Today we kicked off our celebration of Lincoln County’s 200th birthday. Keep an eye on the website, Journal, etc. for information regarding upcoming activities leading up to the official date of our founding, December 14.
A few items of interest that the Commission has been working on are below.
• This week I want to shift the focus from road and bridge activities to some of the financial workings of the County. Within the Treasury, there are over 60 individual funds, each with its own specific purpose, but the day to day operation occurs largely in the “Big 5”: General Revenue; Road and Bridge; Law Enforcement Trust; Assessment; and the 911 Fund. When I took office in 2011, only 2 of these funds maintained a reserve balance (GR and Road and Bridge) while the other 3 carried little or no balance and were dependent upon a sizable subsidy from GR to operate every year. At the beginning of the 2018 Fiscal Year, I am happy to report that all of the “Big 5” accounts reflected a reserve balance and only Law Enforcement and 911 will receive a modest transfer from GR, amounting to a fraction of what used to be required. I cannot state emphatically enough that this was accomplished through a TEAM effort and a dedication to fiscal responsibility. Looking at our overall financial health, a rule of thumb in County government is that a healthy reserve balance should be 15-20% of the annual budget. The 2018 budget of $28,166,432.33 is supported by a total reserve balance, as of today, of $10,966,063.09, or 38.9%.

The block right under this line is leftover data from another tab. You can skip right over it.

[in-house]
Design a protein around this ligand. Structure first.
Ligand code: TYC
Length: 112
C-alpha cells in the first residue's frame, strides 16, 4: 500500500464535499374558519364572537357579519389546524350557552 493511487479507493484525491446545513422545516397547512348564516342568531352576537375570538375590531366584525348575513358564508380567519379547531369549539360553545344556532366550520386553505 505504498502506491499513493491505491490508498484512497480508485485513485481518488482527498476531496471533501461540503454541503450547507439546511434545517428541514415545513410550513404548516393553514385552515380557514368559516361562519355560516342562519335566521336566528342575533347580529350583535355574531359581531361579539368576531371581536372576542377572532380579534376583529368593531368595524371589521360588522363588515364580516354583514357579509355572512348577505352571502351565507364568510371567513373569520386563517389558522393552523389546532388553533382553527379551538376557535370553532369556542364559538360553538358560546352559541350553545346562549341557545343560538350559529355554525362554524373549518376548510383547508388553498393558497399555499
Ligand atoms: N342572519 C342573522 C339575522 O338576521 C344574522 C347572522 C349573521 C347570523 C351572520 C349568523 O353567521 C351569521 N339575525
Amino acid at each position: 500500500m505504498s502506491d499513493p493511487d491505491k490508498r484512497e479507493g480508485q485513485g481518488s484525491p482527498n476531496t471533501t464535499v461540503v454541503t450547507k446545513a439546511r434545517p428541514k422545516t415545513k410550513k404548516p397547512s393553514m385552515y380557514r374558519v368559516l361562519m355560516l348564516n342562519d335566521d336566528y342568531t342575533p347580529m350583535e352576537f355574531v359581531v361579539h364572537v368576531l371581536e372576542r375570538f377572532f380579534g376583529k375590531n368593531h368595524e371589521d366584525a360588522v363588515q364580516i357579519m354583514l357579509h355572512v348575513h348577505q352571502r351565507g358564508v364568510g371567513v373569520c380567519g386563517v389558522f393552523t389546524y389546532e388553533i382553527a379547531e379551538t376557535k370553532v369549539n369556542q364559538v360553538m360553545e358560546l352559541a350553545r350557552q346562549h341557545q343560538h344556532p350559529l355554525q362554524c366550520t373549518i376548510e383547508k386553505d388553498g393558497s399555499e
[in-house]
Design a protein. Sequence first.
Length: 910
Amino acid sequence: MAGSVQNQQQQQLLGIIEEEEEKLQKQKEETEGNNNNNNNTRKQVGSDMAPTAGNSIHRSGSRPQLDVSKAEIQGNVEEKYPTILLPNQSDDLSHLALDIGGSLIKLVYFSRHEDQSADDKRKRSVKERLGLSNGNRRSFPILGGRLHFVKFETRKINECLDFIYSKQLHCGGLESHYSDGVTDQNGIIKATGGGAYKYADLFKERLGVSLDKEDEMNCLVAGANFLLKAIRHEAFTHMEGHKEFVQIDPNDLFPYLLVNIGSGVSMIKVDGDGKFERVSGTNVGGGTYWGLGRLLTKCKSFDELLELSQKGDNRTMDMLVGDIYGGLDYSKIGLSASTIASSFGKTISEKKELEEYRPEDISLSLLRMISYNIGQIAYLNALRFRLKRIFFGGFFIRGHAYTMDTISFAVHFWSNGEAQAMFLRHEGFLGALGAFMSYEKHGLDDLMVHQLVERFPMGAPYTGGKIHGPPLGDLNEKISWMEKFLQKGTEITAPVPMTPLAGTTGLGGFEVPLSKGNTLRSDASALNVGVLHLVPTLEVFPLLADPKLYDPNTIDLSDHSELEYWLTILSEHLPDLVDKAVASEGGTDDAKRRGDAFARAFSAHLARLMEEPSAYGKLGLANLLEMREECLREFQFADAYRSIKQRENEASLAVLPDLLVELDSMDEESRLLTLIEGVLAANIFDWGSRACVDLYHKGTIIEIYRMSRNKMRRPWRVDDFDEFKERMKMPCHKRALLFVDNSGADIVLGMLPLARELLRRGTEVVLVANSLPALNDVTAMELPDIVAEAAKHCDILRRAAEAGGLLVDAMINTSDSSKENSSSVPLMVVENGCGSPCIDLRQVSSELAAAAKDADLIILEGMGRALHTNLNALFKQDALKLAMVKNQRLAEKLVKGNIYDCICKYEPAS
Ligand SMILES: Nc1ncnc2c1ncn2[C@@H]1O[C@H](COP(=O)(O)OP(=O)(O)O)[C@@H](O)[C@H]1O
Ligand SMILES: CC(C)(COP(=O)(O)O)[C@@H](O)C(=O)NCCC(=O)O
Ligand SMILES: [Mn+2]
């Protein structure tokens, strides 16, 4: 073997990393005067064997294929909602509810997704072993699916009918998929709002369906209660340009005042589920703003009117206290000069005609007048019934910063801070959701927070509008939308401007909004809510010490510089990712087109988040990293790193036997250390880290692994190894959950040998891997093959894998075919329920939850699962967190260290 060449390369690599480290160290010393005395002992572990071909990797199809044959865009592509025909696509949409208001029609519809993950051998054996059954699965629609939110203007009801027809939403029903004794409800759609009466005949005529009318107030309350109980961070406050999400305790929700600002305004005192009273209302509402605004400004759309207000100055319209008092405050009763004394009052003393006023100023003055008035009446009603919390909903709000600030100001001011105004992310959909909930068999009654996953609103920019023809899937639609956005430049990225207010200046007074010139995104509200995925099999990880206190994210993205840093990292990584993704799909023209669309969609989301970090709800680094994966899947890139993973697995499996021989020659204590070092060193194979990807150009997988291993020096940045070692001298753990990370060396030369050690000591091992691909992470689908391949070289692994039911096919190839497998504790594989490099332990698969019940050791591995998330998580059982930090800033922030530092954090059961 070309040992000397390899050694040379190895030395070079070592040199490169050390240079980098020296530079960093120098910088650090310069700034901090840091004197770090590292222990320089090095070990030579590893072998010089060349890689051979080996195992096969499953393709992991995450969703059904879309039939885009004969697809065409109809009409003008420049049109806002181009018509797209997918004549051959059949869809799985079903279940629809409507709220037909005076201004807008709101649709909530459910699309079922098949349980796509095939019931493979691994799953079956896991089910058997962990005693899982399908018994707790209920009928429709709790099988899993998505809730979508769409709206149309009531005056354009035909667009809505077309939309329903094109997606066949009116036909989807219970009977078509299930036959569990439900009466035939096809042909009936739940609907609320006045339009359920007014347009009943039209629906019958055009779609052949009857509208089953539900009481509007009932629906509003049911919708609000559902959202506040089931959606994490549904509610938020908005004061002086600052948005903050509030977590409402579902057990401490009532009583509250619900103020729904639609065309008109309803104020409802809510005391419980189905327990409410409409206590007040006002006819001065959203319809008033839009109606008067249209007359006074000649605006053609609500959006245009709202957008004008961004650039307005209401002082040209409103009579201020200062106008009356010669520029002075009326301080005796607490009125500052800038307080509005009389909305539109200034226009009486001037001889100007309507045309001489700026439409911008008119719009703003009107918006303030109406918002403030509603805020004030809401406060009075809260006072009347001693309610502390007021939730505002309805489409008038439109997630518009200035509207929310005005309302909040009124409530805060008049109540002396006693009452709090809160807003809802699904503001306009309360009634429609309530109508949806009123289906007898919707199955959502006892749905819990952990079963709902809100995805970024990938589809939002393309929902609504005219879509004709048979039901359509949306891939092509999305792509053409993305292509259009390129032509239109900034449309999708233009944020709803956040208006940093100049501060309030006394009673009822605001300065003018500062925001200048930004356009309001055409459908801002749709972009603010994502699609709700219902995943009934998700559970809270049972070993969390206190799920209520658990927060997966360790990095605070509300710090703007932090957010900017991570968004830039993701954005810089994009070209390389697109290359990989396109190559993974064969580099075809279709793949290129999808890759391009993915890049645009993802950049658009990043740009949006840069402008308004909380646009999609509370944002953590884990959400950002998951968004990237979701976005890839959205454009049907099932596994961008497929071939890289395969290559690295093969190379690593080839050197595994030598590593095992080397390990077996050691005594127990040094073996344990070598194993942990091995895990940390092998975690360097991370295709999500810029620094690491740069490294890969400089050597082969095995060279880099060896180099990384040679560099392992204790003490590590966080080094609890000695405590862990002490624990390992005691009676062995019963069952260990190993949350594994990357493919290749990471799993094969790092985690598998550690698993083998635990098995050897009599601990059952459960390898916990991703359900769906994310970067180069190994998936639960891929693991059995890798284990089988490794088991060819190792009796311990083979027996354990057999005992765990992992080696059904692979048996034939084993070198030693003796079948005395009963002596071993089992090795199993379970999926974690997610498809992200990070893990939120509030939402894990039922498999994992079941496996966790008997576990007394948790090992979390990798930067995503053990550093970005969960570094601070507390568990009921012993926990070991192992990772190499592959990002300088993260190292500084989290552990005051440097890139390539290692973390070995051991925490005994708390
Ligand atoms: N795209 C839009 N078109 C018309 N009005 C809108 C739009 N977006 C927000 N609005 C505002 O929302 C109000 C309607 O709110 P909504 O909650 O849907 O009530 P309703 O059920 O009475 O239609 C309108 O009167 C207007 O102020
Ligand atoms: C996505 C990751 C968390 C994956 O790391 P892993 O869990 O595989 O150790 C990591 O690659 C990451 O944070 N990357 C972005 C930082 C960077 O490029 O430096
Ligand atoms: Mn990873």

• Speaking of the “Big 5,” it is important to note that each fund has a very specific purpose for which it is to be used, and there are strict limitations on the movement of money between funds. It has been suggested that projects from one fund should be cancelled and the funding used to support something done under another fund. While folks may be able to develop their own rationale for such things, the statutes simply do not allow this and for good reason. For instance, money raised for Law Enforcement needs to be spent on Law Enforcement, and road taxes need to be used to build/maintain roads and bridges. Anything contrary to this would be a breach of our fiduciary duty.
• Our Assessor Kevin Bishop provided some interesting statistics regarding new home construction dating back to 2004. During this time period, 2006 was the highest with 844 new homes constructed. Conversely, the lowest year was 2013 with just 81. Since the low point, home construction has rebounded at a rate of 360% with 373 new homes built in 2017. From 2016 to 2017, the average market value of each new home jumped 21.8% to $145,745, so as you can see, the trends are positive.
That’s all I have time for now. As always, call, e-mail or stop by the Courthouse if you have questions. Until next week…